Her sister was not in the room where she’d been before. “I asked the nurse if my sister was in the room where they put people who are dying. I’d worked at the hospital before and knew there was such a room.”
She found her sister in that room, she says. “Only her eyes moved, and there were tears running down her face. I asked if the doctor had upped her dose of morphine, and she said yes. I asked her if she’d requested that, and she said no.”
Martino demanded that the doctor be contacted and her sister be revived. That was done.
The next day, she says, her sister told her, “You heard me. I needed you.” Her sister survived for a couple more months, dying at age 46. “She wasn’t ready to go.”
Martino doesn’t fault the doctor. “I understand what they do,” she says. “They try to relieve the suffering and the pain.”
In another incident, Martino was working at a card shop in Keene, and a customer came in to purchase something for his wife. “I’d never seen this man before. He was wearing this cowboy hat, and when I touched him while giving his card back to him, I got an instant, vivid vision of being high on a mountaintop, looking over the land, so high I could see the curvature of the earth. The words ‘Wild Bill’ came to me.”
As the man was walking out the door, she asked to speak with him, and she described to him the vision that had appeared to her. He stopped dead in his tracks, she recalls, and told her that he was just passing through town and that his job entailed repairing aviation warning lights on radio towers located on mountaintops, and her vision described the views that he frequently saw while working.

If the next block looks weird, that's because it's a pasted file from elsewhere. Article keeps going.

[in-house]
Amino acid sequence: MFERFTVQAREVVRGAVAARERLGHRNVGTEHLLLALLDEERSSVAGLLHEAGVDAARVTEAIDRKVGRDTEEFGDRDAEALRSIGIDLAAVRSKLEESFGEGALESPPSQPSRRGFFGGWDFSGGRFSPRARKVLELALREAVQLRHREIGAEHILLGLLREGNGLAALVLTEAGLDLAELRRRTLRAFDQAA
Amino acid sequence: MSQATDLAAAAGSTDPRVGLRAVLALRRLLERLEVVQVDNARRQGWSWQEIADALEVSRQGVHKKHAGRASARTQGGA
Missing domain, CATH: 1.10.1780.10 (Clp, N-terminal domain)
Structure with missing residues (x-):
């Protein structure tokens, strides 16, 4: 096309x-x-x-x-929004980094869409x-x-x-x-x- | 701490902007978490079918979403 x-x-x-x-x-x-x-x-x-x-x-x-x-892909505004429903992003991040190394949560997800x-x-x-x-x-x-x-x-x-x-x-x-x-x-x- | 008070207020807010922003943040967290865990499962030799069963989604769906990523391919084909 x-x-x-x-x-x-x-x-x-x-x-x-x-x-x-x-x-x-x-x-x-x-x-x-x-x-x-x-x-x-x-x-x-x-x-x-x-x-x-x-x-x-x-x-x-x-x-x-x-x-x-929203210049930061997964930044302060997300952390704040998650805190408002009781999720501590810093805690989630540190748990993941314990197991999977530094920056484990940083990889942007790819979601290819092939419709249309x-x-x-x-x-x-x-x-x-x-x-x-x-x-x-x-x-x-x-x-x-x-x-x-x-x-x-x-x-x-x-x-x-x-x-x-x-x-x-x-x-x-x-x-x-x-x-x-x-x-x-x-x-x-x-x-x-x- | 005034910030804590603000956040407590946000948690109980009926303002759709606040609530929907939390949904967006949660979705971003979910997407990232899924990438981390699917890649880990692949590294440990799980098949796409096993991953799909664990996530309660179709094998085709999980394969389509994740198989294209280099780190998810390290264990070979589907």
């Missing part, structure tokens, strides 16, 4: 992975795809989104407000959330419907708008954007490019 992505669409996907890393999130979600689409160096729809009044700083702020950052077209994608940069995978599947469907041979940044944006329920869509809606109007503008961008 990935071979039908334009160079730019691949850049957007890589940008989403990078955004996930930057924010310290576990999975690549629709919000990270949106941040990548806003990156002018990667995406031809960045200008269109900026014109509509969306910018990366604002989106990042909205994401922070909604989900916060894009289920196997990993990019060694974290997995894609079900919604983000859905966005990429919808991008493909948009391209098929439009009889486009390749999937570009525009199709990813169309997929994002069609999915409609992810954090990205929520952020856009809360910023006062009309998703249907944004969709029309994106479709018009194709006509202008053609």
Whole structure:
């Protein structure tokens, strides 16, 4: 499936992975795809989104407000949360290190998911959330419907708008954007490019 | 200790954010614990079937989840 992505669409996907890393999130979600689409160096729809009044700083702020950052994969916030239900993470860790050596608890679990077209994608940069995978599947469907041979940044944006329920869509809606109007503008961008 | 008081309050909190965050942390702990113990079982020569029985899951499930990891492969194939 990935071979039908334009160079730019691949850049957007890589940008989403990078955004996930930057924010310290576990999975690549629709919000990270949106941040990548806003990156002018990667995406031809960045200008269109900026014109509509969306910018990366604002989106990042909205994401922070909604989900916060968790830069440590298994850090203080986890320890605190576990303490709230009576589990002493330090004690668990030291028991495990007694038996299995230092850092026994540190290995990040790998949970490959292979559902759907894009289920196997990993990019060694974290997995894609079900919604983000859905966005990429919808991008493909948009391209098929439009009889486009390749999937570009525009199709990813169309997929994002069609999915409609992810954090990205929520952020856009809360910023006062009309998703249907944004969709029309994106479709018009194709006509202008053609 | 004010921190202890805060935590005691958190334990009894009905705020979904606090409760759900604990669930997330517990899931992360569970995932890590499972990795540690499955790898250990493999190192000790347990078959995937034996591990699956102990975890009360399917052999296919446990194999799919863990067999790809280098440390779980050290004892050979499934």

“He told me that among his co-workers he was known as Wild Bill.”
She describes other such incidents in her life, which she considers evidence of her ability to receive images, messages and hints from others, both dead and alive. Martino believes that some people are able to act as mediums between the dead and the living, and she has performed such sessions with individuals. She notes, though, that she is not a soothsayer, fortune-teller or clairvoyant. Nor would she ever consider charging money for such a service.
Martino explains that ascertaining the legitimacy of those who act as mediums is in the amount of detail they can provide, specifics that no one except the other person involved would know. Those who may be frauds often deal only with vague generalities that can apply to any number of people.
“I’m convinced there are spirits around us, and you can communicate with them,” she says.
She’s in the process of trying to form a group in the area for those who have undergone near-death experiences, and has placed ads in The Sentinel and Monadnock Shopper News requesting people reach out to her. So far, the only responses she has received are from people wanting to know more about the phenomena, including those conducting research on the topic, and not from people who have actually experienced it.
In addition to being a field of study, these experiences are also the subject of fascination in popular culture, the topic of numerous books and websites involving both researchers and those who recount their specific stories. The most popular website is www.near-death.com, she says.
Martino regularly surveys the research being done on what are now commonly referred to as NDEs, and meets with people who share her interest in spiritualism. She’s in the process of writing a book about her experiences.
She also offers encouraging solace to anyone who might be suffering with these words: “I know God is all good, all compassionate.”